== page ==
# What is a nonlinear differential equation

## Nonlinear differential equations

### Linearization

The linearization of a differential equation is always a falsification of the mathematical model that represents the differential equation. That is why one can only decide whether the simplification is justified based on the specific problem. Two typical examples from technical mechanics are demonstrated here. Simple pendulum: The pendulum movement of a thin rod is (neglecting movement resistances such as bearing friction and air resistance) by the non-linear initial value problem (chapter "Kinetics of Rigid Bodies") (g is the acceleration due to gravity, l the rod length). Points above the variable mean: derivative with respect to time t. The pendulum is at the time t = 0 by the angle φ0 deflected and then released with no initial speed. The free oscillation (without excitation forces or moments) should be considered: The pendulum is deflected and then left to its own devices.

There will be an oscillation with constant amplitude (in each case equal to the initial deflection φ0) to adjust. The time that is required for a full oscillation ("once there and back") depends on the initial deflection. The solution is only possible numerically, you can find it here.

When restricted to "small" initial deflections φ0 the angles remain small and the approximation valid for small angles can be used to linearize the differential equation. One receives with a homogeneous linear differential equation of the 2nd order with constant coefficients, which can be solved in closed form. A corresponding differential equation has been solved as an initial example. From the solution, for example, the duration T of a full oscillation can be read off as a formula: It is noteworthy that the oscillation period T is independent of the initial deflection for small pendulum swings. This does not apply to large initial deflections.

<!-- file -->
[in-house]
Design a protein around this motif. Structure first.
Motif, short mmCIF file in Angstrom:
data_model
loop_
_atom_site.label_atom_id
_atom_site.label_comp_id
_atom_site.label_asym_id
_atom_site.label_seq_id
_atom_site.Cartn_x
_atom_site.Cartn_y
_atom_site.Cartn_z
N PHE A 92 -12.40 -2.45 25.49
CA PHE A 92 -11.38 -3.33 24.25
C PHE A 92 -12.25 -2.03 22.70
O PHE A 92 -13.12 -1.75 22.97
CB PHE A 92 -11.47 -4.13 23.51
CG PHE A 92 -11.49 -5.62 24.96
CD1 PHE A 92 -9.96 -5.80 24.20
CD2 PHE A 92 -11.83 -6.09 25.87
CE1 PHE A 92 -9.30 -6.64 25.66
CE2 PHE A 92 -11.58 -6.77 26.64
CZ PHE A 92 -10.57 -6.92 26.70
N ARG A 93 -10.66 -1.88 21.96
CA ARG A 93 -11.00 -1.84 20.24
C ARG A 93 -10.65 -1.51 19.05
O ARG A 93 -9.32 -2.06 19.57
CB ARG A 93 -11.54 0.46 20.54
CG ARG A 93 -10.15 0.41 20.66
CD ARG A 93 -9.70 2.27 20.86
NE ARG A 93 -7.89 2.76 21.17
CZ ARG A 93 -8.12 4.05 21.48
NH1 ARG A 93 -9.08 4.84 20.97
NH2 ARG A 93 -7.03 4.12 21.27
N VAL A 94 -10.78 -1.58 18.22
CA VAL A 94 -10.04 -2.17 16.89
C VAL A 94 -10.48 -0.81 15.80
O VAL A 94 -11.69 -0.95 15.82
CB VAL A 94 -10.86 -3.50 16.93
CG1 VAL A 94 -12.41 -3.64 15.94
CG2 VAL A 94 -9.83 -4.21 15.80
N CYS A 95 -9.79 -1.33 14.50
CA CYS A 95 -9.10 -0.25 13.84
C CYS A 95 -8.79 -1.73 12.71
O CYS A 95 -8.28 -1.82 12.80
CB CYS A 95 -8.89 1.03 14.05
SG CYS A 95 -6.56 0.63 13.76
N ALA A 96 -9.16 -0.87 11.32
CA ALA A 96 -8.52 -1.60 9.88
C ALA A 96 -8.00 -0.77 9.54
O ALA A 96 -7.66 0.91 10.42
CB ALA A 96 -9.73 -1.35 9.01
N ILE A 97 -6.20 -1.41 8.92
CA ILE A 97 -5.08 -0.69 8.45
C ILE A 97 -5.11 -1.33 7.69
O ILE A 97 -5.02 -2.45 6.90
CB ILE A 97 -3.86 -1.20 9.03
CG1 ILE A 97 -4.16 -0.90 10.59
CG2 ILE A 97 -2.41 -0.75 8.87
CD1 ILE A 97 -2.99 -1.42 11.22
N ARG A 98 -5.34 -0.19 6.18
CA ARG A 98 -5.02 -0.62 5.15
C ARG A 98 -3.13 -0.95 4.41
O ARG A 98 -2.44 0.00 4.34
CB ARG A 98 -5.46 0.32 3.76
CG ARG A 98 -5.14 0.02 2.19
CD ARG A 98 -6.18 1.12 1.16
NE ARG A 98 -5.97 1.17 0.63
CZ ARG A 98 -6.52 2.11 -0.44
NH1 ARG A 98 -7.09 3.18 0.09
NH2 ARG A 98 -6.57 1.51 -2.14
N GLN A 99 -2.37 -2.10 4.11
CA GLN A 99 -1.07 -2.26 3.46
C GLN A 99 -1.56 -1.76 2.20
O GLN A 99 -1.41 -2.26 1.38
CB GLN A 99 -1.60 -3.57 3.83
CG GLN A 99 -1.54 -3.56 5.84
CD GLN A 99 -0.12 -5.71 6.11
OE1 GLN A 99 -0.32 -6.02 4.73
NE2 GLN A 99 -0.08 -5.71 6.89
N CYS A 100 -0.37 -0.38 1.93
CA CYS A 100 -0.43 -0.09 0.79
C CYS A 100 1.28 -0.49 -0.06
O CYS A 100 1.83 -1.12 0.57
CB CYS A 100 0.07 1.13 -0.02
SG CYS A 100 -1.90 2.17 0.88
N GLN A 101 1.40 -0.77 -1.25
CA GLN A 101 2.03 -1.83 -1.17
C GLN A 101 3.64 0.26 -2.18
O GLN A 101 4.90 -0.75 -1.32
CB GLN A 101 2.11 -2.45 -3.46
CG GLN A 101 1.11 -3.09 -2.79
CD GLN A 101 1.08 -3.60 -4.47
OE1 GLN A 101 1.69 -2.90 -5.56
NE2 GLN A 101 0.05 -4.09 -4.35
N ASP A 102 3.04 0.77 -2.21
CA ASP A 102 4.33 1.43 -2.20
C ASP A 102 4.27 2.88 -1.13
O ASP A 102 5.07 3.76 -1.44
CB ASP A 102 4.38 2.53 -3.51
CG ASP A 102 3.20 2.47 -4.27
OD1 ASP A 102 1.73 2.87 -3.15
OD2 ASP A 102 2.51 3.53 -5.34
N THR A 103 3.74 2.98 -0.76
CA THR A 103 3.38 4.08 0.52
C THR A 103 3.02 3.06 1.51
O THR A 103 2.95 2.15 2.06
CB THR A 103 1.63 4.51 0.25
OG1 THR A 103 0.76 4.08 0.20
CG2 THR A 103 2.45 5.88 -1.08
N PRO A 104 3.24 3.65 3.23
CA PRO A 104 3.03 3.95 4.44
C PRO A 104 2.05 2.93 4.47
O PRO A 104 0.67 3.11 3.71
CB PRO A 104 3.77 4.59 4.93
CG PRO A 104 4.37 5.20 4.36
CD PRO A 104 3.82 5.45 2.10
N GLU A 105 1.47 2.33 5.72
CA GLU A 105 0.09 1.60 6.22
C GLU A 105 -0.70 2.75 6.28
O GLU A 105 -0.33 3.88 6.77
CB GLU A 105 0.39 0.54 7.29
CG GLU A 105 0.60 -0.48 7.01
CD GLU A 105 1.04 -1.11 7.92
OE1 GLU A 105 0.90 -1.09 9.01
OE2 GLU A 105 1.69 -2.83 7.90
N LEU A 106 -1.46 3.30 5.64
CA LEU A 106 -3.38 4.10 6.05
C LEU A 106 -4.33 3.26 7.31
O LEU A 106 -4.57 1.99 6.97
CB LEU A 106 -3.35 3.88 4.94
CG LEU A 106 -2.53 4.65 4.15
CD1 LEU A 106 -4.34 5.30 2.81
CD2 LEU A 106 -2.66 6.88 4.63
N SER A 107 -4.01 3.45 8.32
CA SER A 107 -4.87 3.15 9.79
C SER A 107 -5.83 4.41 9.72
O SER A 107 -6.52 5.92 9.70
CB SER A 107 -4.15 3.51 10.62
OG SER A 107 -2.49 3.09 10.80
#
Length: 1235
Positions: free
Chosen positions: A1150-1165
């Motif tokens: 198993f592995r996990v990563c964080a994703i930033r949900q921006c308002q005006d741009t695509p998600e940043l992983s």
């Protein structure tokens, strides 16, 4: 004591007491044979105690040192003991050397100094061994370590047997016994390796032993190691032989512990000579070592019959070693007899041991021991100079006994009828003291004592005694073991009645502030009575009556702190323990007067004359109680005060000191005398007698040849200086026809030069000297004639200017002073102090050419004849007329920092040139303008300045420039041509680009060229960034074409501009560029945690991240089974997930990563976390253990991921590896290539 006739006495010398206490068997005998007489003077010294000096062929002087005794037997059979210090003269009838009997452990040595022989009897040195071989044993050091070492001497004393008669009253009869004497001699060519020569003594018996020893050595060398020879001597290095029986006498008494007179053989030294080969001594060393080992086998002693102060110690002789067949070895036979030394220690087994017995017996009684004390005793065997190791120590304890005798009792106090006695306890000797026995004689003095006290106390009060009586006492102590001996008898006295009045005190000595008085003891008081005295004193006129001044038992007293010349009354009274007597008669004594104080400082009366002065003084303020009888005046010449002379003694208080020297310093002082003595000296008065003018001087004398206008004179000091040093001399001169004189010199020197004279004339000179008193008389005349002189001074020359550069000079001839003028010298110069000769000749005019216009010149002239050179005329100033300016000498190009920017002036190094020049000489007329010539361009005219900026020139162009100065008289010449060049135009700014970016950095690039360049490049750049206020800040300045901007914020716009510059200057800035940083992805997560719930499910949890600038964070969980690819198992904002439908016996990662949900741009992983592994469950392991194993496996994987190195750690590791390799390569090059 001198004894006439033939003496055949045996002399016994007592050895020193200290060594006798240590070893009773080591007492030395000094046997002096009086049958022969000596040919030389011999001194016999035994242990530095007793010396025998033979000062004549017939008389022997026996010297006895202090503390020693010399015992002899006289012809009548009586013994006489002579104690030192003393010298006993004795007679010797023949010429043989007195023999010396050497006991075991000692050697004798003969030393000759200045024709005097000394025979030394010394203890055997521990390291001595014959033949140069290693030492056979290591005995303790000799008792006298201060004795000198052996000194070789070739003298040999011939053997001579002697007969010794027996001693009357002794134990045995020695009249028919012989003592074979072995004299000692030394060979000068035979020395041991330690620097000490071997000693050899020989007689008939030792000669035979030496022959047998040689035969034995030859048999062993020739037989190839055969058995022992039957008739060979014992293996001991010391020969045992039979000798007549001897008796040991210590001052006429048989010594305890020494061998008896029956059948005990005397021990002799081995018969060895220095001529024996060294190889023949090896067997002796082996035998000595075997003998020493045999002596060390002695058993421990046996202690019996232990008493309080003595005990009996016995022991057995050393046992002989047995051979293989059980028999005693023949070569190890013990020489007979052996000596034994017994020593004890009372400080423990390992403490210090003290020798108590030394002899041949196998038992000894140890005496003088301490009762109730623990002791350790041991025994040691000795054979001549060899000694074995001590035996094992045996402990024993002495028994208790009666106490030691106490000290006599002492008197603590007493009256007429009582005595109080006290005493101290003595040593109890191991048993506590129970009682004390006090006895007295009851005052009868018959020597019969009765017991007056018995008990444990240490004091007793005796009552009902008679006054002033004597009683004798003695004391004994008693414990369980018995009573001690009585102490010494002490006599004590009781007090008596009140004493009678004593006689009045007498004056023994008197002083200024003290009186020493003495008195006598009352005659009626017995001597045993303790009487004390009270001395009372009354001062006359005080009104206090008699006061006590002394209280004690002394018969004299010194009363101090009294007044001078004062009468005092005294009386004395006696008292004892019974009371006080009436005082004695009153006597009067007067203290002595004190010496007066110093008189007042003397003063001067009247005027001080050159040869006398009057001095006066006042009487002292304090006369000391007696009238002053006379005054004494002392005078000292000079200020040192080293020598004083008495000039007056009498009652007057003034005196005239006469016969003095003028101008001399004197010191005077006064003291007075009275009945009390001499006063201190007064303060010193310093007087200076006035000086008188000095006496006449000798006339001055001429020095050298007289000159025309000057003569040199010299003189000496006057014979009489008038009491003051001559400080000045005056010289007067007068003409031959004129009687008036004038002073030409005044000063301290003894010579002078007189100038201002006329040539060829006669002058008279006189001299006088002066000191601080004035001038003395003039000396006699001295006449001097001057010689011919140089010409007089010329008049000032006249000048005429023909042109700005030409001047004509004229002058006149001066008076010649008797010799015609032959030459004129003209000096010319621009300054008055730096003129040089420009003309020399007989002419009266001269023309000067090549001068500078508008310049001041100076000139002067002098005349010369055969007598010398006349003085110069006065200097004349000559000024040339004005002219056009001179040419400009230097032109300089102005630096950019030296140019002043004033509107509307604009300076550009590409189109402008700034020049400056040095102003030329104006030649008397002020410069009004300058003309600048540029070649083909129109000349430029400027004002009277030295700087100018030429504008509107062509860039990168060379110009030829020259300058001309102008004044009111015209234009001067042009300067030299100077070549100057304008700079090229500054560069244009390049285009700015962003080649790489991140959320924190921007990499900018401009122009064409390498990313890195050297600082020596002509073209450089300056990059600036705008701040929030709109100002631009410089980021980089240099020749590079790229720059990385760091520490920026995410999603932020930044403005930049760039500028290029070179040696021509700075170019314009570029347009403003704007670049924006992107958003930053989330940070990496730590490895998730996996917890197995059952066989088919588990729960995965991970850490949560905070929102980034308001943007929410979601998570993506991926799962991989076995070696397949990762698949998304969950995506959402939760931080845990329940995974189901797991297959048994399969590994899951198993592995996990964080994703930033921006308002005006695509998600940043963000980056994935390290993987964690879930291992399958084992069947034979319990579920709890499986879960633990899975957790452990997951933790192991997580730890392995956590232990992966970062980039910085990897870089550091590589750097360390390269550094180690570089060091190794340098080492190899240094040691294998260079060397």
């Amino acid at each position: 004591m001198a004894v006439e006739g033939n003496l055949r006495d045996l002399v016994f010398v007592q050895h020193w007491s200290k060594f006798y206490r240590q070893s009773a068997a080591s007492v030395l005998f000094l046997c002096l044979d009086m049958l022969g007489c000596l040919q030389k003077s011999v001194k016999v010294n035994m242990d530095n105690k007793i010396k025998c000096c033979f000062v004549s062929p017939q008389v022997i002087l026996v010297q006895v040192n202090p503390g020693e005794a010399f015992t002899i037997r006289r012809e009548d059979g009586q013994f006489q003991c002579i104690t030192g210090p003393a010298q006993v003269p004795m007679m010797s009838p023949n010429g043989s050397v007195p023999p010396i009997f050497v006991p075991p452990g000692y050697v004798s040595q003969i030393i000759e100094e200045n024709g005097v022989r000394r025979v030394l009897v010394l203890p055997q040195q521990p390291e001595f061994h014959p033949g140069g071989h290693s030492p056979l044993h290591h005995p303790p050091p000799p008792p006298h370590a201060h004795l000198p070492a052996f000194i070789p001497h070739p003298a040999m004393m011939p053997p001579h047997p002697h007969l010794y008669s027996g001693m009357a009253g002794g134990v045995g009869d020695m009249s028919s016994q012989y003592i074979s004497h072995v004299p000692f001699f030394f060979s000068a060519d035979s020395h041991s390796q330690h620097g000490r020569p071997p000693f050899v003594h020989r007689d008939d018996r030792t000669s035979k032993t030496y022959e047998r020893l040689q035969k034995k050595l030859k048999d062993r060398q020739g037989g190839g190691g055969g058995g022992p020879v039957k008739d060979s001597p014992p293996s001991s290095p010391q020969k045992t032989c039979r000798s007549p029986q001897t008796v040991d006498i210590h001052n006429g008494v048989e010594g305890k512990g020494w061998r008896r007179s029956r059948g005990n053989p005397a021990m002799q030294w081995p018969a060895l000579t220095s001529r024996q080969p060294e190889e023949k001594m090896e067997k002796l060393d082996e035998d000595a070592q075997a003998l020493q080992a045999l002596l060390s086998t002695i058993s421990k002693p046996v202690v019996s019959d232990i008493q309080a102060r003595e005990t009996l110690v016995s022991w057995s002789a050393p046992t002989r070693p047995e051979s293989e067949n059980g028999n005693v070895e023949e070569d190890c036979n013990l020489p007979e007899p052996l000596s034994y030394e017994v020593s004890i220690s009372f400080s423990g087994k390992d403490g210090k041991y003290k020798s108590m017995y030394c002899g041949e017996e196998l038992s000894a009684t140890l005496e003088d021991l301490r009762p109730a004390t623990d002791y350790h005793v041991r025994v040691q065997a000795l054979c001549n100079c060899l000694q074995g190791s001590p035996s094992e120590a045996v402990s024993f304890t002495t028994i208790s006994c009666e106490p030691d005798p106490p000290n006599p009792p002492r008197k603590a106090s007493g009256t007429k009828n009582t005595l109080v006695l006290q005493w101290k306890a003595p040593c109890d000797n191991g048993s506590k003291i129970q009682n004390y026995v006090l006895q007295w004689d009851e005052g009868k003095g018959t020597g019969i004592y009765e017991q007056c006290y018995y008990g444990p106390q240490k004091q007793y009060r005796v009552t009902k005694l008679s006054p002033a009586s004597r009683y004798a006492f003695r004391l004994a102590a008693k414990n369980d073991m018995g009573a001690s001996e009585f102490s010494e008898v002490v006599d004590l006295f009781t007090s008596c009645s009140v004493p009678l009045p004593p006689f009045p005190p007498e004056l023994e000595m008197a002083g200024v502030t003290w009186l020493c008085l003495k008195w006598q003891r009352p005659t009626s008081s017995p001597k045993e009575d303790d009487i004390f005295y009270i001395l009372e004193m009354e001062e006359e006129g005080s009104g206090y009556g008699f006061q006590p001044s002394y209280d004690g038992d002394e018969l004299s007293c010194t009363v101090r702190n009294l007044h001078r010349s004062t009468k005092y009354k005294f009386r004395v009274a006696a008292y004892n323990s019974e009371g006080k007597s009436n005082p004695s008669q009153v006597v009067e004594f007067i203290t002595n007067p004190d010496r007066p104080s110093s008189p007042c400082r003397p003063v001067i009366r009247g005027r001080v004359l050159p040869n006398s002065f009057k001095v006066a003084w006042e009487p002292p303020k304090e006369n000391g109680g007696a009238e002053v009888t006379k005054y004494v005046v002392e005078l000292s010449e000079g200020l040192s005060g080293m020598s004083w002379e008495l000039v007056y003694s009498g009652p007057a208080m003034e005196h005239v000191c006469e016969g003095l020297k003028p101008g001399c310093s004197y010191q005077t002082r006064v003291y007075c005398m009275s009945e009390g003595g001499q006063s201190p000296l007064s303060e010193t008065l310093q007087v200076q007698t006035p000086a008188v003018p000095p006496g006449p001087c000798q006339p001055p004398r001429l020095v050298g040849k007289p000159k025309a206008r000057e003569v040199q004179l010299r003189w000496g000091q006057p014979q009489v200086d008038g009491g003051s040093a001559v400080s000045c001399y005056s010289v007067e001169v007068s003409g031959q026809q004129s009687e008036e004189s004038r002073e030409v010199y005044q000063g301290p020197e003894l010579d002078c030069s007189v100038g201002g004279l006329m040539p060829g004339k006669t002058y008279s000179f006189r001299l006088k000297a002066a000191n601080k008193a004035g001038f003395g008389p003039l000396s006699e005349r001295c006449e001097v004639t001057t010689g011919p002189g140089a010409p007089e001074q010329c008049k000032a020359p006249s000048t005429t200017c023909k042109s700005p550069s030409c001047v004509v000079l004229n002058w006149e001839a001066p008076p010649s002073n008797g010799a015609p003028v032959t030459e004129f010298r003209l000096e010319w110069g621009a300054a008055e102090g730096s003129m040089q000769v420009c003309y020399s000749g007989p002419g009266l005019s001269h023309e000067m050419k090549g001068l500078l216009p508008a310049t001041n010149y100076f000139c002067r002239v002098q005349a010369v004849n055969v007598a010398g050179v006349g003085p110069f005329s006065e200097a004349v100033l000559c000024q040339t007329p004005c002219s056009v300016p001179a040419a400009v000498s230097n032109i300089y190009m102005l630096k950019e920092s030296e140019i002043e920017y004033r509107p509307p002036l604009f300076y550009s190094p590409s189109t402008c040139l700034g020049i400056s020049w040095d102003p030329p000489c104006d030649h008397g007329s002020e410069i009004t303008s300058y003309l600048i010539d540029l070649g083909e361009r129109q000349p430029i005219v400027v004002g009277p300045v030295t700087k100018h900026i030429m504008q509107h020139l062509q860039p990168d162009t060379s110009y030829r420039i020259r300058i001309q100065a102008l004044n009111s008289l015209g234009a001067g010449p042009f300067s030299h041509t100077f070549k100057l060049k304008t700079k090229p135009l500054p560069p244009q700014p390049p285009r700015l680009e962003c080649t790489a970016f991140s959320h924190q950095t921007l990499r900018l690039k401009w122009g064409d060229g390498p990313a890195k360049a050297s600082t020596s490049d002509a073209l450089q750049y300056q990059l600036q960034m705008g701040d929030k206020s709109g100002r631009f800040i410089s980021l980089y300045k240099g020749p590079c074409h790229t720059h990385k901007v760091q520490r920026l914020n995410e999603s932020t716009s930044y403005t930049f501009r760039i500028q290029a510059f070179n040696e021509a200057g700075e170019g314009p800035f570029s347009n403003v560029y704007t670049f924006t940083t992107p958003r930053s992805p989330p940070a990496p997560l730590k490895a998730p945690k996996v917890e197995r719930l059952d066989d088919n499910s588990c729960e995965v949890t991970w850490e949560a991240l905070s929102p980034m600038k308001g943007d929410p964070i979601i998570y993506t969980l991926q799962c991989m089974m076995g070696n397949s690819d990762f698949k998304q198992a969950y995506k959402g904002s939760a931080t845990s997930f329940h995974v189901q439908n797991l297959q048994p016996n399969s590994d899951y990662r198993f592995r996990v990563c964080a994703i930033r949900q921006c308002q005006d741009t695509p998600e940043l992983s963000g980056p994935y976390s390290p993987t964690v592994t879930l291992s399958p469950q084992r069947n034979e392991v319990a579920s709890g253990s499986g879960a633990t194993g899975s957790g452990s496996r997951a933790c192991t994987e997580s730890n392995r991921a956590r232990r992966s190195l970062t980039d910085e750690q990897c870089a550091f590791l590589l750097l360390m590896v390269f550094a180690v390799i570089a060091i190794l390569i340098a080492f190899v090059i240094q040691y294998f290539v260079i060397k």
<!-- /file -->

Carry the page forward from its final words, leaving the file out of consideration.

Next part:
Whether the linearization is justified cannot generally be decided (of course it depends on the accuracy requirements). Certainly one can, for example, calculate a pendulum with a maximum deflection of 5 ° with the linearized differential equation. Bending line: The chapter "Deformations due to bending moments" shows that the bending moment is inversely proportional to the radius of curvature of the deformed center of gravity fiber. On this basis, one obtains for the calculation of the deflection v (z) a due to bending moments M.b loaded straight beam the nonlinear differential equation (EI is the bending stiffness). This differential equation should actually only be used if extremely large deformations have to be recorded (for example the deformation of the pole of a pole vaulter).

In almost all problems in technical practice, the deflections are very small in relation to the dimensions of the bending beam. Think of the deformations of shafts in mechanical engineering, but also in construction the deformations of bridge girders, for example, are small compared to their dimensions. Therefore it is almost always justified to argue like this:

In the case of very small deformations v (z), the rise in the bending line v 'is also very small, so that the much smaller (v')2 can be neglected compared to 1 (even with an increase of 5 °, 1+ (v ') results in2 = 1+ (tan5 °)2 = 1.00765 an error smaller than 1%). This gives for small deformations with the differential equation of the bending line of the 2nd order, which can be used for almost all problems in technical practice with more than sufficient accuracy.